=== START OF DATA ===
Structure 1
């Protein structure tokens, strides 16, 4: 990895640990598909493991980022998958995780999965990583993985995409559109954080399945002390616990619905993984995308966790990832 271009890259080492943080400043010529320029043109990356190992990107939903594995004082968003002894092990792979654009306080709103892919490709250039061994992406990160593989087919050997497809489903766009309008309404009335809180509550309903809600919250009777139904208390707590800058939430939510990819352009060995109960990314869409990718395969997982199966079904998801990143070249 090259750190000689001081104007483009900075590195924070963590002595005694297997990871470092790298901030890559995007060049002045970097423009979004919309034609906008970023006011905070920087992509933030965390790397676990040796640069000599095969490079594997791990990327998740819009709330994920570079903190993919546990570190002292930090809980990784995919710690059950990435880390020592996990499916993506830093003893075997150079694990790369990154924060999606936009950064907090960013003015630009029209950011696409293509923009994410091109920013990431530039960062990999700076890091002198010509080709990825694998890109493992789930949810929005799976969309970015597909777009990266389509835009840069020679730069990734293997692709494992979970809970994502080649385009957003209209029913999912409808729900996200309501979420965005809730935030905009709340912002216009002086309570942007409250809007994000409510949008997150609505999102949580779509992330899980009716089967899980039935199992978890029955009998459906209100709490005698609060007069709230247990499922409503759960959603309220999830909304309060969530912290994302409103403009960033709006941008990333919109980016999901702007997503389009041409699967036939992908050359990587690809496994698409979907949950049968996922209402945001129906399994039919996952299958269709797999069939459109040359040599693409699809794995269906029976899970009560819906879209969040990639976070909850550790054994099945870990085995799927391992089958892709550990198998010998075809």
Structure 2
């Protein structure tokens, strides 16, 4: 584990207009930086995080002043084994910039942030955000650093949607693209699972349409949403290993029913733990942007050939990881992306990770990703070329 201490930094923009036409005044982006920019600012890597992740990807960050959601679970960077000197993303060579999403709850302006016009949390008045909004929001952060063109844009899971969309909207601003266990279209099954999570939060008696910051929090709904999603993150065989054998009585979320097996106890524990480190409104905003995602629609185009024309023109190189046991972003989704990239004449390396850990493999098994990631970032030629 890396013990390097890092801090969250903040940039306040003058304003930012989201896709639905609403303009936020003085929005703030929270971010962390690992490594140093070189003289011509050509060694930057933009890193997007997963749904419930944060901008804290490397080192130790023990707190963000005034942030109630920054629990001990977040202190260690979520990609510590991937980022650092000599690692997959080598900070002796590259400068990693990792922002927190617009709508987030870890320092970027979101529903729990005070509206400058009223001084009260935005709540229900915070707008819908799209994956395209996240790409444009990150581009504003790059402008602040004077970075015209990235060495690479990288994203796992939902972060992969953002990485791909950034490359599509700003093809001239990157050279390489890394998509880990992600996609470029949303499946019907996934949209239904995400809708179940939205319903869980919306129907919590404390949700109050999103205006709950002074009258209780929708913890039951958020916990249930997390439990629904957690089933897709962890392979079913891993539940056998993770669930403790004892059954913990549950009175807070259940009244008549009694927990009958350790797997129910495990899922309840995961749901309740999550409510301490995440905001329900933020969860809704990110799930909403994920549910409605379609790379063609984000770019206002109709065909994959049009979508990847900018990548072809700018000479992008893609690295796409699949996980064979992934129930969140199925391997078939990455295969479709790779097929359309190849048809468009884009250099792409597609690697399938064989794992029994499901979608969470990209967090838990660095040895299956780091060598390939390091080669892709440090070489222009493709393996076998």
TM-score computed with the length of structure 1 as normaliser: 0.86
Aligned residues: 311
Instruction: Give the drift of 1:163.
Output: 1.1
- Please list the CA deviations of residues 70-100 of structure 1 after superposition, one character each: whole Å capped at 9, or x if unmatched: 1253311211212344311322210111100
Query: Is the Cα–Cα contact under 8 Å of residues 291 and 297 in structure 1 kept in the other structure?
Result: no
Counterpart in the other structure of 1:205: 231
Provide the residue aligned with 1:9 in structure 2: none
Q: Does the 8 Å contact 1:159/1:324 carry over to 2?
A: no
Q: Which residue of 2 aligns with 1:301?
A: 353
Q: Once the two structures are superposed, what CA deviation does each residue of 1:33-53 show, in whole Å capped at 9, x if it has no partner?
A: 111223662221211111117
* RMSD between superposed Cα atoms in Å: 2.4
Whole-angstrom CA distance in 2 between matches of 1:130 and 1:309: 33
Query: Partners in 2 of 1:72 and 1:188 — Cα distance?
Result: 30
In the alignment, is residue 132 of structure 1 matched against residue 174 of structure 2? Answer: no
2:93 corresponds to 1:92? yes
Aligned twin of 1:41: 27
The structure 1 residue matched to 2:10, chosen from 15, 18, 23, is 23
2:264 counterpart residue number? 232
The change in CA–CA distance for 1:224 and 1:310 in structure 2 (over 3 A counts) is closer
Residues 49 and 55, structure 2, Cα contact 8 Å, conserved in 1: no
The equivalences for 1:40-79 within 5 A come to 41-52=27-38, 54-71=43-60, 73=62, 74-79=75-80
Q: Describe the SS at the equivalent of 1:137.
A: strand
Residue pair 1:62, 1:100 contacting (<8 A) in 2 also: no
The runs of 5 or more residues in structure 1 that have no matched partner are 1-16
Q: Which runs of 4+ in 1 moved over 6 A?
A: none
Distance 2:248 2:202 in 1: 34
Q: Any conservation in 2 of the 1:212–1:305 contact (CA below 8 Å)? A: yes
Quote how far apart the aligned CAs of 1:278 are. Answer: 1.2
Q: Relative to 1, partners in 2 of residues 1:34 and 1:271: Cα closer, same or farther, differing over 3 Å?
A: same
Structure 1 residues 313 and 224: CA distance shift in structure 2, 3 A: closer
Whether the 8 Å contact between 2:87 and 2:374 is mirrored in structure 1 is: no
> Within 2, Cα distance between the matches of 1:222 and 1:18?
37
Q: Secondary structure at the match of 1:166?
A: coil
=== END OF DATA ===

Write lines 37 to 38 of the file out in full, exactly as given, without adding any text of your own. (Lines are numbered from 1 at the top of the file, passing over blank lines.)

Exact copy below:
A: none
Distance 2:248 2:202 in 1: 34